How does the action of Benevente's El marido de su viuda compare with the action of Lope's Fuenteovejuna?

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M.P. Ossa | College Teacher | (Level 1) Distinguished Educator

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The action of Benavente's El marido de su viuda is quite hard to compare, but easier to contrast, with Lope de Vega's Fuenteovejuna. This is because each of the comedies is delivered in two completely different formats. El marido de su viuda's one-act format differs greatly from Fuenteovejuna's three-act method of delivery. Hence, the key to the action lays, precisely, on the formats selected by each playwright. 

El marido de su viuda is a one-act play. This means that the dramatist has less than one hour to develop a plot that ends satisfactorily. With these limitations, Benavente can only choose ONE problem, a limited number of characters, and ONE solution that will fix the problem. 

Hence, the one-act format helps to speed up the action of El marido de su viuda at a much faster pace than Fuenteovejuna. It is also because Benavente's characters are not complex, nor researched. Their language is easily understood, and the comedic tone of the play is way more consistent and ever-present. This simplicity is what makes the one-act play so easy to relate to. 

Fuenteovejuna follows the theatrical tradition of the three-act play. Lope the Vega, like his Elizabethan English counterpart, William Shakespeare, brings many twists and turns to his plays. Characters also have more depth and complexity in three-act plays, making the reader build more schema and create more text to self, and text to world connections. 

Just looking at ONE of Fuenteovejuna's dialogues is enough to understand how much longer the action will take to develop. For every monologue in Fuenteovejuna we could build three or more separate dialogues in El marido de su viuda. Here is an example:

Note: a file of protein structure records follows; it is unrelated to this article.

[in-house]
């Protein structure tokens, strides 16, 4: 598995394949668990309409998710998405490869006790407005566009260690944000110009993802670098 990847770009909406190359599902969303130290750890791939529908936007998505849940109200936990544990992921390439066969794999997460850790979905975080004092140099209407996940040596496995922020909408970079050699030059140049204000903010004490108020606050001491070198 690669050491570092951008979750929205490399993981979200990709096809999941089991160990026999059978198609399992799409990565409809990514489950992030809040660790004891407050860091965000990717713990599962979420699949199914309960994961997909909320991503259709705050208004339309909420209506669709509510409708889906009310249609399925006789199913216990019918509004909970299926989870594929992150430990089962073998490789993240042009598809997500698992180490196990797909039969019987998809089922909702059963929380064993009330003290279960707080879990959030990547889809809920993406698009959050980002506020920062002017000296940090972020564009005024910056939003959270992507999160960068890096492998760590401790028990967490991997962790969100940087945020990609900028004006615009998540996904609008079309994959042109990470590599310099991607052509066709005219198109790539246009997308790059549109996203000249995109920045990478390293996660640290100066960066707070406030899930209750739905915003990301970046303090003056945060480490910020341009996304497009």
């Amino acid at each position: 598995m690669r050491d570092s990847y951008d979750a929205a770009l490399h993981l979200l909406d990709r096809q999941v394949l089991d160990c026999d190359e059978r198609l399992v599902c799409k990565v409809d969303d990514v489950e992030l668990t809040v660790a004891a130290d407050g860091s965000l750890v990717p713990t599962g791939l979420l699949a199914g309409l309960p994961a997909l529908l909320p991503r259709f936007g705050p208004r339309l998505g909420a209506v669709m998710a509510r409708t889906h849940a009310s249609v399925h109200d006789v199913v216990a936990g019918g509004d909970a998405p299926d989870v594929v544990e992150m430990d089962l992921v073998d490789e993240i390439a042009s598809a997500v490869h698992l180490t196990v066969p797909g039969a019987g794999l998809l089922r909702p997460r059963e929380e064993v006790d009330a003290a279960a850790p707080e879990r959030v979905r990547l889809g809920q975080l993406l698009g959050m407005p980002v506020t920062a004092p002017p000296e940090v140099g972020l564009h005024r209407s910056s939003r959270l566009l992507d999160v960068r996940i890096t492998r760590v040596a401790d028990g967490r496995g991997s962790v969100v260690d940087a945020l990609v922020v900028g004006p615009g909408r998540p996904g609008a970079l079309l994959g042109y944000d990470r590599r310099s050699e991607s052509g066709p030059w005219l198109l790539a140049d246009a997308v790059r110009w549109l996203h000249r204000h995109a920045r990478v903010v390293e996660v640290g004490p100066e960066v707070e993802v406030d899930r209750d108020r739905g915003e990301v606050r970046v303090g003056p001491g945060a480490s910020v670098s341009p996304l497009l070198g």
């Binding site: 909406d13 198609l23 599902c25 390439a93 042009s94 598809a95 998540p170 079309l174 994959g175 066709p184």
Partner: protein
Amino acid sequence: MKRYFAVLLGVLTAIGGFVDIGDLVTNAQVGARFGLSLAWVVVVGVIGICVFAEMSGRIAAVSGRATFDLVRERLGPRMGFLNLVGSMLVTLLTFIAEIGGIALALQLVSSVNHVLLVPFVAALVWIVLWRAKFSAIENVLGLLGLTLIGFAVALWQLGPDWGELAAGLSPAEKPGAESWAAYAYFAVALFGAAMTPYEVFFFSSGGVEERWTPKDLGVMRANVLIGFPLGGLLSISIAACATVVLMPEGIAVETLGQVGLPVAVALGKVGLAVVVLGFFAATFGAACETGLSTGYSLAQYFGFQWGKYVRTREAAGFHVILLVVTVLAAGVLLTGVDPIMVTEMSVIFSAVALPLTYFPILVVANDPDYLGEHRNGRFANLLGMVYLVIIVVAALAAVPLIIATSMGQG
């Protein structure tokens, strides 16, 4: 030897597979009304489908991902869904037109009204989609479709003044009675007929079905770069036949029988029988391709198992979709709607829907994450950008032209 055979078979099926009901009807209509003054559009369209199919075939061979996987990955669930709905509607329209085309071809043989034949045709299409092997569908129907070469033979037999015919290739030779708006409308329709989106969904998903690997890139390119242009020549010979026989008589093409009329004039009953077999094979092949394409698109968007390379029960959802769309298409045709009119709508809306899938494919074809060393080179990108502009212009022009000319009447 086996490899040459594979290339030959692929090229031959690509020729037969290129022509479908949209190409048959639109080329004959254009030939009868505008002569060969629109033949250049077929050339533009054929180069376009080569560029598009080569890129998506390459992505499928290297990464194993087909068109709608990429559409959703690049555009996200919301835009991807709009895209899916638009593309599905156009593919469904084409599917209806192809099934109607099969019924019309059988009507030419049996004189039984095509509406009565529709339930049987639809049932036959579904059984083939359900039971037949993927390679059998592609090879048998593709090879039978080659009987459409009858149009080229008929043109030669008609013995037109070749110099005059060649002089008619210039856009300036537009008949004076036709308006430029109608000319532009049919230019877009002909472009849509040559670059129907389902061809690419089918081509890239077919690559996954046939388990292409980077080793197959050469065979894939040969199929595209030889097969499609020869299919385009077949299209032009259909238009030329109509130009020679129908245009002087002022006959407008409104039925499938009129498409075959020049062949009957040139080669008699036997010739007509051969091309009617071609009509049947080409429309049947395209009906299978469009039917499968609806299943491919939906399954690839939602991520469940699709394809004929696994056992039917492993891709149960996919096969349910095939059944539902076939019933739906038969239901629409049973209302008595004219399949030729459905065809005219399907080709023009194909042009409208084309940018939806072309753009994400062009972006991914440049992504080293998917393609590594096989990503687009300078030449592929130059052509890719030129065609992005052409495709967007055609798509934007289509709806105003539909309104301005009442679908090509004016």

LAURENCIA:

Pues en vano es lo que ves,
porque ha que me sigue un mes,
y todo, Pascuala, en vano. 
Aquel Flores, su alcahuete,
y Ortuño, aquel socarrón,
me mostraron un jubón,
una sarta y un copete.
Dijéronme tantas cosas 
de Fernando, su señor,
que me pusieron temor;
mas no serán poderosas
para contrastar mi pecho.

Even if the entire play is in verse, which often makes for a quicker read, the dynamics of the characters become more dramatic and intertwined with complex and researched language. Hence in El marido de su viuda, the simple and common use of language gives more freedom for the action to develop.
 
Here is an example of how the laughter is achieved almost instantly through the quick and witty dialogs of Benavente's characters in the one-act play
Florencio. ¿Del autor? Pero ¿está aquí el autor? Zurita. El; él mismo le ha vendido en firme los- ejemplares; llegó con ellos esta mañana. Florencio: ¡Ah! ¿Con que está aquí ese píllete de Casalonga? ¿Y usted sabe dónde se encuentra?... Zurita: En el Hotel de Europa. Carolina: ¡Florencio! No vayas tú. ¡Deténgale usted! Quiere desafiarle. Zurita: ¿Qué dice usted? No vale la pena. Usted está por encima de todo eso, y suseñora de usted mucho más por encima. Florencio:. y la gente, amigo Zurita. ¿Qué dirá la gente?' Zurita: La gente lo ha tomado a risa.
Conclusively, format either speeds up or delays to the action. The use of language and the style of dialogue does the same thing. El marido de su viuda's one-act format catches and delivers the action quicker than Lope the Vega's three-act play, Fuenteovejuna. This is why both plays are so hard to compare and way easier to contrast. 
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